We all have a fundamental human need to belong to a community. We need “our people” who understand us, support us, encourage us, and challenge us to grow. Secular communities fulfill some of these needs. Yet secular communities leave a gap in our sense of meaning and purpose as Christians; we know and feel that we’re called to a community that has a deeper purpose and a higher good. The new family of God is rooted in the love of the Trinity and is the paradigmatic expression of community—the ultimate group to which we desire to belong. As children of God, we know we belong to the body of Christ. But we also need to feel like we belong to God’s new family—to be part of the ultimate family that is centered around God’s love.
Yet this experience of belonging too often eludes us as we feel disappointment in our church communities, which to some extent reflects the connection crisis in our larger society. This was part of our story during our major moves while I was in the Army. My wife Liz and I attended a church in Washington, DC, where I was first stationed. It was a good church, but as outsiders who were new to the area, it was difficult to break in and feel truly connected to the body of Christ there. Knowing we would likely be moving a year later made it all the more difficult. After the next move, we again settled on a new church and attended regularly. We built a few relationships there and tried to get involved in ministry. For a variety of reasons, it felt like a struggle to gain traction in serving and becoming more deeply connected with the congregation. Looking back, I think there were many factors, including my own unrealistic expectations as a young adult and some particular areas of dysfunction within that church. Regardless of the causes, we were left feeling disconnected and longing for a deeper sense of community.
Struggles in finding strong spiritual community are not uncommon.
When we encounter such struggles, it’s natural to become disillusioned with our spiritual community. At times, we may feel overlooked, not included, or not valued. We may feel the community isn’t meeting our needs, doesn’t reflect our values, or has too much conflict. I have worked with many clients who felt this way at times, and I’ve struggled with this myself. Communities in the early New Testament church also struggled with conflict and tension among their various members. When we become disillusioned, the temptation we face is to disengage in various ways: (1) we search for a “better” church community; (2) we stay on the edges of community; or (3) we convince ourselves that we’re better off practicing “solo Christianity.” These temptations are almost automatic due to the individualistic and consumeristic culture in the Western world. When we disengage from Christian community, it becomes fragmented, and we collectively fail to create a new social order of love and to shine God’s light to the world.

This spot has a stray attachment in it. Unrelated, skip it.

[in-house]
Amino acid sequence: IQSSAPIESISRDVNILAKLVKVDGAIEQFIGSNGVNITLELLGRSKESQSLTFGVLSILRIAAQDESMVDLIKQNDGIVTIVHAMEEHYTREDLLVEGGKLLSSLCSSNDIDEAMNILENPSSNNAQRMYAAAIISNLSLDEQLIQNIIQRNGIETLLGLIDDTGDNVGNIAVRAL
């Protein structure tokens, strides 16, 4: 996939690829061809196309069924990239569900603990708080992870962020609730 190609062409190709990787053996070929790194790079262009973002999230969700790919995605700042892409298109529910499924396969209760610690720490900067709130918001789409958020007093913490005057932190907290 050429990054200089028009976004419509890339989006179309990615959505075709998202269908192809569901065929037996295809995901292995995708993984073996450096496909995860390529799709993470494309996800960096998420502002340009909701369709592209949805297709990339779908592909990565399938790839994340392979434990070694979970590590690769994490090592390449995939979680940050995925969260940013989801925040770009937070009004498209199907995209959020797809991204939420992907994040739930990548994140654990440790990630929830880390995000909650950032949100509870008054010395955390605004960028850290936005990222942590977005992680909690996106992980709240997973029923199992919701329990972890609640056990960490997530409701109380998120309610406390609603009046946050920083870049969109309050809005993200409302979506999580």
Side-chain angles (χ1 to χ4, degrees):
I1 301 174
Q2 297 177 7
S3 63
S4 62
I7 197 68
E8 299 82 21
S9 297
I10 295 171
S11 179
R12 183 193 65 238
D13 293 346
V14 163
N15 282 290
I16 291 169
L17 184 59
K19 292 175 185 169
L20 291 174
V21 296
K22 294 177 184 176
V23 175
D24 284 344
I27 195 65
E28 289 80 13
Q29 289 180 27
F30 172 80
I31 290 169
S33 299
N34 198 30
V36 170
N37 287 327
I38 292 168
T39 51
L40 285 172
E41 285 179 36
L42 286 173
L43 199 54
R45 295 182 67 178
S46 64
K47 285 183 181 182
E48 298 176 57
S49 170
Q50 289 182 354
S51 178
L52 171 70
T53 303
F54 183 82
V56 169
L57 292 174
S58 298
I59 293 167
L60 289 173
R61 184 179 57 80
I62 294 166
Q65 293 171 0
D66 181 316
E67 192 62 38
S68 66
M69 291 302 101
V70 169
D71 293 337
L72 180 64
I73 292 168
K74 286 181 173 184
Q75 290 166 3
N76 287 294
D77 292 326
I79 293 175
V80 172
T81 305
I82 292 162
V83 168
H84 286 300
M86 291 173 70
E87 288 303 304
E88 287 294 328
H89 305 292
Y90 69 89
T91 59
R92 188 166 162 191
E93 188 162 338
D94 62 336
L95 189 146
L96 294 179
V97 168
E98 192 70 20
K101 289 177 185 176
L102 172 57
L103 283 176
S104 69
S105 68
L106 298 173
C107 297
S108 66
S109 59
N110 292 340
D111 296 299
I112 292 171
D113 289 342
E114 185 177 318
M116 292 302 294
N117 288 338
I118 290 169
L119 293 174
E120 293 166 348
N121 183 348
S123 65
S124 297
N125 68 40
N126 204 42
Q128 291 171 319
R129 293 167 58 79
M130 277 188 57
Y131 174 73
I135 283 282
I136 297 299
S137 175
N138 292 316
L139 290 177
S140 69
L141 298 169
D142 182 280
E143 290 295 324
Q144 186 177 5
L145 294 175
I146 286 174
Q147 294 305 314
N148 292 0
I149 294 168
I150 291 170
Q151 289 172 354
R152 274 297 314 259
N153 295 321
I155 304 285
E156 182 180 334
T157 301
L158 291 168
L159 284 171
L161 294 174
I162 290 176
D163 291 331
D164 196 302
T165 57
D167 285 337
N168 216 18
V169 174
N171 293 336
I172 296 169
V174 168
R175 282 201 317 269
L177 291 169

This raises a crucial question: how do we go about building a sense of belonging in our spiritual communities, especially in the face of the conflict and disappointments that will inevitably occur? The answer is, in a word: together. We build spiritual community—a place of belonging— as we travel together along the journey with one another. Moreover, this side of heaven, we will always be transforming our church communities so they increasingly reflect God and provide a contrast-society that shines God’s light to the world.
Adapted from The Connected Life by Todd W. Hall. ©2022 by Todd W. Hall. Used by permission of InterVarsity Press. www.ivpress.com.
Todd W. Hall (PhD, Rosemead School of Psychology) is professor of psychology at Rosemead School of Psychology at Biola University, where he teaches courses on the integration of psychology and theology, psychodynamic psychotherapy, and positive psychology. He is a faculty affiliate at the Harvard Human Flourishing Program at Harvard University and a founding partner at Flourishing Metrics. Hall is an award-winning researcher, focusing on relational approaches to spirituality, virtue, and leadership. He is a coauthor of Psychology in the Spirit and Relational Spirituality, developer of several widely used spiritual assessments, and codeveloper of the Flourish Assessment. He is the author of The Connected Life (6/2022).